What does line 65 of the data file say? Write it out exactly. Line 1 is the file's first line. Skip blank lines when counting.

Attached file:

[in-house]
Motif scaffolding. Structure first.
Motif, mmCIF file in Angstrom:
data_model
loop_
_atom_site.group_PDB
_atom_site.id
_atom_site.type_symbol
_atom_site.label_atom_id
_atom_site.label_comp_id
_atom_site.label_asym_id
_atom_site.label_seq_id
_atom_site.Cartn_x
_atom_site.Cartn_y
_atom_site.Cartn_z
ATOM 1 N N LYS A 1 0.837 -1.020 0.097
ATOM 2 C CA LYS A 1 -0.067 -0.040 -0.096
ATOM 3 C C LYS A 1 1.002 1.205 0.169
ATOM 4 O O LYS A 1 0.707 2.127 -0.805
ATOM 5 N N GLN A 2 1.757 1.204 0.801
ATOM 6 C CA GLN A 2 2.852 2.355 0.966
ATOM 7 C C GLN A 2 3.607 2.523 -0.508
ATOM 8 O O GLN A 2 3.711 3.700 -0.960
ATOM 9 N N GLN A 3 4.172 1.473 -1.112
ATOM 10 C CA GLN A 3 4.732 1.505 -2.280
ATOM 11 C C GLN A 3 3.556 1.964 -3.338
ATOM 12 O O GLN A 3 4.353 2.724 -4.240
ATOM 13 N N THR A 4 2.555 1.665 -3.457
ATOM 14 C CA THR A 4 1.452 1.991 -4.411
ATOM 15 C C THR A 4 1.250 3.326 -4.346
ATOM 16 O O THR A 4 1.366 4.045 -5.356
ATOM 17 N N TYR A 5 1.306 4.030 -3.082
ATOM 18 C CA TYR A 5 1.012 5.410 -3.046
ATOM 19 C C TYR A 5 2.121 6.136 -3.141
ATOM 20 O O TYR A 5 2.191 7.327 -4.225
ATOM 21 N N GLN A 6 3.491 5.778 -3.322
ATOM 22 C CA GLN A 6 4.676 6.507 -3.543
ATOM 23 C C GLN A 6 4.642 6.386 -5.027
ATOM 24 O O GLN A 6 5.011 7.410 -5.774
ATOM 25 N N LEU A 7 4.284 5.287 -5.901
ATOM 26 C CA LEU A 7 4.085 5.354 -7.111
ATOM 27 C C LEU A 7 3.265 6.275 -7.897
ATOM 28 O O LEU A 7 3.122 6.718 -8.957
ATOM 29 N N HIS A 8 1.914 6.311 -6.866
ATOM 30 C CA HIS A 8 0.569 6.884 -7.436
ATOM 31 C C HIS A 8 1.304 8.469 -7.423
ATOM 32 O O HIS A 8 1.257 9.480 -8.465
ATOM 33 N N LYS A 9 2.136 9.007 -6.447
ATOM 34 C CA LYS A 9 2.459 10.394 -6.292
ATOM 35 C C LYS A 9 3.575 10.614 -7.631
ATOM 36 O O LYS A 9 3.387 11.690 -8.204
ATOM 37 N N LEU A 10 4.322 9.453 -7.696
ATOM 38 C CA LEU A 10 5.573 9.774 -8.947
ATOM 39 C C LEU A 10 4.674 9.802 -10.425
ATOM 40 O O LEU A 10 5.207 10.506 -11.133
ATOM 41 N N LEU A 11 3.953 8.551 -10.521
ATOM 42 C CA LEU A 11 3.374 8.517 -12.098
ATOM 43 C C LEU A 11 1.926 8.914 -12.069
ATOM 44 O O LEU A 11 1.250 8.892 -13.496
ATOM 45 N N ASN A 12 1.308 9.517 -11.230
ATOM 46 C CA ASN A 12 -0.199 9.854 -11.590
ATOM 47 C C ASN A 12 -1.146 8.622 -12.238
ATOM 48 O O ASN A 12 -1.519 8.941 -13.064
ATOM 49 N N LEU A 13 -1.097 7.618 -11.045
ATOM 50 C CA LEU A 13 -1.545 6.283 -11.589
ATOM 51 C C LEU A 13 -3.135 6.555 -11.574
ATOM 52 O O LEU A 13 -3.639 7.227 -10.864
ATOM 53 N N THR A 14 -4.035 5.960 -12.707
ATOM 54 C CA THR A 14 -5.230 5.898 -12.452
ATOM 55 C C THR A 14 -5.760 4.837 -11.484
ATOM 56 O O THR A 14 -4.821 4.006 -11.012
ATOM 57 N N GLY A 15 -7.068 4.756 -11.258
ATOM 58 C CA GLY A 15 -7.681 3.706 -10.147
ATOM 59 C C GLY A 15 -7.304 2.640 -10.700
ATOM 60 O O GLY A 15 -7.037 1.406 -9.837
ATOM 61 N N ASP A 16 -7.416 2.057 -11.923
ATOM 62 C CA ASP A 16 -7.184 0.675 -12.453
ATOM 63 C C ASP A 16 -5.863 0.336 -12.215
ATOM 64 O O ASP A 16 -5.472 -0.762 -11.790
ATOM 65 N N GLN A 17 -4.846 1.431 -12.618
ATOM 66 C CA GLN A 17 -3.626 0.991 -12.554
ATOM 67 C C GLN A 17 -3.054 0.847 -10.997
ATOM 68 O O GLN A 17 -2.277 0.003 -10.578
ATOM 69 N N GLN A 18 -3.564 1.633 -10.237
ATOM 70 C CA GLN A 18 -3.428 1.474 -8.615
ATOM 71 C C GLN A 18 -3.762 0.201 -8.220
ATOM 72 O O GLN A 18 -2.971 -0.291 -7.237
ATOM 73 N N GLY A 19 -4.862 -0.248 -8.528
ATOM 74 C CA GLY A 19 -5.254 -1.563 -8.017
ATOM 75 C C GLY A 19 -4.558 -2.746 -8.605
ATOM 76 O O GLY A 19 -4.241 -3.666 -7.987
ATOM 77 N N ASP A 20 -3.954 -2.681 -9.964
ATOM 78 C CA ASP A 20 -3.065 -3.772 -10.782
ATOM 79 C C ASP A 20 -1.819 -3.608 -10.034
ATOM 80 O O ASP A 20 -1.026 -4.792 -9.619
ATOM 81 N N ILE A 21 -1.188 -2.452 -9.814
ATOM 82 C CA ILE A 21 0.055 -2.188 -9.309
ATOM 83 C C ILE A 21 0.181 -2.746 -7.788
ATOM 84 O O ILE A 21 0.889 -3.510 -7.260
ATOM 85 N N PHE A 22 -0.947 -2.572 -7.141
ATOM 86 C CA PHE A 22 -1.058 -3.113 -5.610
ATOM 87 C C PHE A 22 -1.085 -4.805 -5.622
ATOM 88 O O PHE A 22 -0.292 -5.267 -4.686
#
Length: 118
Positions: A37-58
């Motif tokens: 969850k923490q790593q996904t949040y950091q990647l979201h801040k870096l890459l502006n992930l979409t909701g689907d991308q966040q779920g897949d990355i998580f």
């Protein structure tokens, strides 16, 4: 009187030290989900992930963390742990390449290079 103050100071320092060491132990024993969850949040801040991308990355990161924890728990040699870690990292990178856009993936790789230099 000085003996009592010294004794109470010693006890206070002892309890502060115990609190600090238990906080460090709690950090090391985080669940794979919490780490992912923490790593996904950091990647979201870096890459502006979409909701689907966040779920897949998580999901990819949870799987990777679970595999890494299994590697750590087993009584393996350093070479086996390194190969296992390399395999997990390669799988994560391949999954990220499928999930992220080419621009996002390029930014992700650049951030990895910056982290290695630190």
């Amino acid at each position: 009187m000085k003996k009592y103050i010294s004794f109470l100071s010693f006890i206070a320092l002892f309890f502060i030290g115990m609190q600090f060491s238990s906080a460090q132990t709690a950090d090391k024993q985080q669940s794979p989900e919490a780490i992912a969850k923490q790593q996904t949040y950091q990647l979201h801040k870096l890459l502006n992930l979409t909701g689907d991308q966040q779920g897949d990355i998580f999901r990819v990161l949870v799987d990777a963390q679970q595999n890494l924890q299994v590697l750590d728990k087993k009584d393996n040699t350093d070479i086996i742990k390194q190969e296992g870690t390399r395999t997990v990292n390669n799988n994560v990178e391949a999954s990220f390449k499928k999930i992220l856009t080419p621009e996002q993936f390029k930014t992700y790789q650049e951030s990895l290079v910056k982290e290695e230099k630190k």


ATOM 50 C CA LEU A 13 -1.545 6.283 -11.589